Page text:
In my experience, the best part of international travel isn’t the stunning natural vistas, amazing historical sites, or incredible food. It’s the people. Spending time with the locals is both fun and broadening. Sharing a conversation or laugh with residents of your vacation destination brings their culture to life while reminding us how much we human beings have in common, regardless of where we call home.
One of the best ways to immerse yourself in the community is by shopping in the local markets and stores. In many parts of the world, bargaining comes standard with every purchase. Haggling, when done properly, offers you a chance to learn about the culture while, perhaps, getting a great price on the perfect souvenir.
Here are some tips for making the most of your trip to the bazaar:
Be nice, be sociable. Take a slow and easy approach to your interaction with shopkeepers. Try to build a connection before you start beating them up over the price of that oversized sombrero. Ask the clerk or owner questions about their business, and life. Share a bit about yourself. If you know some of the local language, use it.
Be informed. Take a spin around the marketplace before you begin a negotiation. The ring or dress you covet may be available at several stalls, at widely varying prices. Use that information when you start negotiating with a seller.
When an item catches your eye, be sure to ask the merchant if it carries a price tag. Tps If the seller has set prices for his merchandise, you might offend her by haggling. On the flipside, if you don’t ask the price, you might unknowingly make an opening bid that’s higher than what the seller would accept.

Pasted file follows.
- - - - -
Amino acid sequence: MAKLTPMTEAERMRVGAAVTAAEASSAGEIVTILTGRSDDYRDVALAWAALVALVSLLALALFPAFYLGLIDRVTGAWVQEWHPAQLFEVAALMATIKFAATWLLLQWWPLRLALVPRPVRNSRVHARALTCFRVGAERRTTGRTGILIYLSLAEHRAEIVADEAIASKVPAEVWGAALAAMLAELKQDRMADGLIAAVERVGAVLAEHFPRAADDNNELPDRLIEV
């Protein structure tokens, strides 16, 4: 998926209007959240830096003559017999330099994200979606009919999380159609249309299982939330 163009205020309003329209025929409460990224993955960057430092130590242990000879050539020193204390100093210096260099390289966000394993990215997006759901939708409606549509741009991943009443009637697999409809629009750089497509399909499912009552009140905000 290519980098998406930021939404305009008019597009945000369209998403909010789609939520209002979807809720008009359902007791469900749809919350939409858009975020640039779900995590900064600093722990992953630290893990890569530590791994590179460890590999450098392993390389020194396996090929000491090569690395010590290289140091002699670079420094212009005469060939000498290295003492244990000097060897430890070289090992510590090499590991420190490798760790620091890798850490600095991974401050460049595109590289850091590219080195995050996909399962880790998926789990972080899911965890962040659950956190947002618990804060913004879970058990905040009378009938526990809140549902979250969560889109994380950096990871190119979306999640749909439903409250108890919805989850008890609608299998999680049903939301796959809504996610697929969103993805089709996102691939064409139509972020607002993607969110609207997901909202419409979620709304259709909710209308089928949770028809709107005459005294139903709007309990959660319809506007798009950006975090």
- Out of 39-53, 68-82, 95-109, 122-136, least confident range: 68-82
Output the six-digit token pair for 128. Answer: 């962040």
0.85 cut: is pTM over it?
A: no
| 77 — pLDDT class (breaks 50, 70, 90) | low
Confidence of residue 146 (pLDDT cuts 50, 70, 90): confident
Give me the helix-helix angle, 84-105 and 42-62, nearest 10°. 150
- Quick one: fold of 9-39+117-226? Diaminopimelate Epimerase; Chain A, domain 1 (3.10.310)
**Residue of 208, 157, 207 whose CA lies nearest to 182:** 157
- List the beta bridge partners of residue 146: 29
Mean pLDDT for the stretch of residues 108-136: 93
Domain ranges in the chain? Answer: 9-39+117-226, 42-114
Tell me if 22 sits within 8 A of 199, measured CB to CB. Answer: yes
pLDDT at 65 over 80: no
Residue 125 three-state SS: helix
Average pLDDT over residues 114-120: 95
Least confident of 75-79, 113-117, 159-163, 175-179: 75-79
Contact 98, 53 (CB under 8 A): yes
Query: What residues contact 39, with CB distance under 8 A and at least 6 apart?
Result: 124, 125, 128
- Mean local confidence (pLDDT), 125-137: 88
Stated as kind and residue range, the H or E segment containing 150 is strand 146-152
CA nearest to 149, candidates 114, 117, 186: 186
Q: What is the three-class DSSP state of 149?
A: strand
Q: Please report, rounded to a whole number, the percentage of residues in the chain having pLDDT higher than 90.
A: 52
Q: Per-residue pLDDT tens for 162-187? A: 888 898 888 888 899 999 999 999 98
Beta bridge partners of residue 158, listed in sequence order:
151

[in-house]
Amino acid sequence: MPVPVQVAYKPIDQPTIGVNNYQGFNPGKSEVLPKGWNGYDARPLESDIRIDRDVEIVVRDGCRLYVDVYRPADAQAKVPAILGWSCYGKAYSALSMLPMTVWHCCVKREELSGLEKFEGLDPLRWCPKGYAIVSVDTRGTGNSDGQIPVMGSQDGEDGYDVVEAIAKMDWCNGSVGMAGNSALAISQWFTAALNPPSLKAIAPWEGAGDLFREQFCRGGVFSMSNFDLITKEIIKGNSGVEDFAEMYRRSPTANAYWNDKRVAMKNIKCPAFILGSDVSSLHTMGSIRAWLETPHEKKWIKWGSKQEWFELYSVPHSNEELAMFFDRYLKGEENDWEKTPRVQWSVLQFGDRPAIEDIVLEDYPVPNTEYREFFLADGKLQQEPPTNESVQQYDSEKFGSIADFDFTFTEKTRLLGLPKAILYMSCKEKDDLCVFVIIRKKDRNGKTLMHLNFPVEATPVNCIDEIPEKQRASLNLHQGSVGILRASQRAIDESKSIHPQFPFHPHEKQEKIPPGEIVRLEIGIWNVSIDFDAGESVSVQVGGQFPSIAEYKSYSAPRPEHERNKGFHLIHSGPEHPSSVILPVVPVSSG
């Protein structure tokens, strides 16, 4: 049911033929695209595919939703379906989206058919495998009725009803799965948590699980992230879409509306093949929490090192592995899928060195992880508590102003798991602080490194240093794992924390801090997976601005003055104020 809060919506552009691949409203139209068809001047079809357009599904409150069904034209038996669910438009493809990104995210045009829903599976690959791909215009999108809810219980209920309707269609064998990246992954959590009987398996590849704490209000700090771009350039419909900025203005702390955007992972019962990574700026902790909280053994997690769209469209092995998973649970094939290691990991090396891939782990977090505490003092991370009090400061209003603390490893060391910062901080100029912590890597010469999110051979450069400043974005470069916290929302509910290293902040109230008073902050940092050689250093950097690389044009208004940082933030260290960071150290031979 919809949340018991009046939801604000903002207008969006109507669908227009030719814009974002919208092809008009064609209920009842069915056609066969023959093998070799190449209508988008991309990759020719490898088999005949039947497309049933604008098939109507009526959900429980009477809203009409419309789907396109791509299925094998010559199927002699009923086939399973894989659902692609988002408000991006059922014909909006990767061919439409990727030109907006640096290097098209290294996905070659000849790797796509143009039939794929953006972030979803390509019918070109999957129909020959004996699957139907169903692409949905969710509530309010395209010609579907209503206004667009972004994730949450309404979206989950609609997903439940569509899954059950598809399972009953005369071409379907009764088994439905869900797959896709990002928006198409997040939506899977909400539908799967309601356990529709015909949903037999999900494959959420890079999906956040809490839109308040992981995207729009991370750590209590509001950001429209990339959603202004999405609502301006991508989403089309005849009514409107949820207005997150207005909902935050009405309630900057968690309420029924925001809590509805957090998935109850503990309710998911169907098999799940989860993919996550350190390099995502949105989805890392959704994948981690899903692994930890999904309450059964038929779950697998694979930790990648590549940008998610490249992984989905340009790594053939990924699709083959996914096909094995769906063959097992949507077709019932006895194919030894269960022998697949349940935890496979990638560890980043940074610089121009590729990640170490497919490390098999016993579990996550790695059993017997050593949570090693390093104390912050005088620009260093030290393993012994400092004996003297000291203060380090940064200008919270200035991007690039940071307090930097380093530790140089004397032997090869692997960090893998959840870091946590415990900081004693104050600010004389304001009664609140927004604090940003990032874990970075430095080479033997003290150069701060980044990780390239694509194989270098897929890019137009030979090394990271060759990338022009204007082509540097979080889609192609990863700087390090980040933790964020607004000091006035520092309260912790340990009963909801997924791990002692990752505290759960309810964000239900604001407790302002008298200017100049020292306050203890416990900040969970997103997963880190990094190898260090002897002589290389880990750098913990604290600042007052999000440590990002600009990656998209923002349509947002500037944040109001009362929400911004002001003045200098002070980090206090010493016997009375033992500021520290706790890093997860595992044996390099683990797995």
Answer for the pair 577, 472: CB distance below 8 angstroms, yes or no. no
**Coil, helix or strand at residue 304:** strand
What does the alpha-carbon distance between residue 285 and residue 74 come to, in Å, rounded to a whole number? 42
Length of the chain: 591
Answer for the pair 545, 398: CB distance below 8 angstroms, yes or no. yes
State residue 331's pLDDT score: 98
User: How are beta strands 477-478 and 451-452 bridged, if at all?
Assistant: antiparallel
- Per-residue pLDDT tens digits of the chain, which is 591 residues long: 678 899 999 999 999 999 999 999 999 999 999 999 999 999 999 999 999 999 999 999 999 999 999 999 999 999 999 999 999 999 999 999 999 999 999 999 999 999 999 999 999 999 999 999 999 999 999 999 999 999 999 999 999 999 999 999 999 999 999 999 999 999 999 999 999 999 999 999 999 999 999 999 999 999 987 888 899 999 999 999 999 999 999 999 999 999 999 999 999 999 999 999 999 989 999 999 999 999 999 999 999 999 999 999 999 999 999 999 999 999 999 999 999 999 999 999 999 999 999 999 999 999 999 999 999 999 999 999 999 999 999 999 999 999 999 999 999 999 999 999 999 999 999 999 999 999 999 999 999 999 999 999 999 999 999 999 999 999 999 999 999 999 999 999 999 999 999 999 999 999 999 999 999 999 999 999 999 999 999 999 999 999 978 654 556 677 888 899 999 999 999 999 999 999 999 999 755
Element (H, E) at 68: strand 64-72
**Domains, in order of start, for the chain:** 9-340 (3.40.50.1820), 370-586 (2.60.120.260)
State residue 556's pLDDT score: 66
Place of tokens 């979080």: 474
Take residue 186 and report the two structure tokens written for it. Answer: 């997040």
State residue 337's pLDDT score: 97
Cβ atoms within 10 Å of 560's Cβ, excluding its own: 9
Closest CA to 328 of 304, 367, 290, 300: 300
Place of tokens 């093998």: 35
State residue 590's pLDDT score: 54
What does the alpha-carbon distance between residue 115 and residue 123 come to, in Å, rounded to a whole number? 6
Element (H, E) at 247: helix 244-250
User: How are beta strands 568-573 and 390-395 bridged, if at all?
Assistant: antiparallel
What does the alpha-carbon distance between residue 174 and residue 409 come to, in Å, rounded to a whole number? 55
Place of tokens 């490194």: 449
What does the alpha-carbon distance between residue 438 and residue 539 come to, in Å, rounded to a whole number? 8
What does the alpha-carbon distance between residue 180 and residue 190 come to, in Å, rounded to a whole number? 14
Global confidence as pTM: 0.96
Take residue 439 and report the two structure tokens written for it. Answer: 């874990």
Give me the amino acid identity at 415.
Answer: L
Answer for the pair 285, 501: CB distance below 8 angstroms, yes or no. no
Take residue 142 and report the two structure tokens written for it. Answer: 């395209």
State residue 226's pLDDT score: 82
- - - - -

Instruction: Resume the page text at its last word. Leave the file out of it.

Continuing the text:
Bonus tip: Do some research on your target marketplace. The best deals may be available during typically slow times of day, or near the end of tourist seasons. (The latter is absolutely true in Alaska, for example.
Be discreet. Never tell the shopkeeper how much you are willing to pay, no matter how many times he asks. Your opening offer should be no more than 30% of what you’d actually pay for the piece. The idea is to negotiate up to your price range, not down to it. That lowball opening bid will give you room to maneuver on the way to getting your ideal price.
Be ready to walk. The key to winning a negotiation is to care about getting what you want – but not too much, according to legendary negotiator Herb Cohen. This is an iron law of the bazaar or marketplace. You must be ready to walk away if the merchant doesn’t meet your price. That doesn’t mean you must go home without that hand tooled leather purse. On the contrary, walking away might force the seller’s hand, or send you in the direction of a shopkeeper willing to sell the same piece at your price.
Regardless of how many bargains you score, a stronger sense of connection to humanity is the best thing you’ll take home from a day of travel shopping. You can’t put a price on that.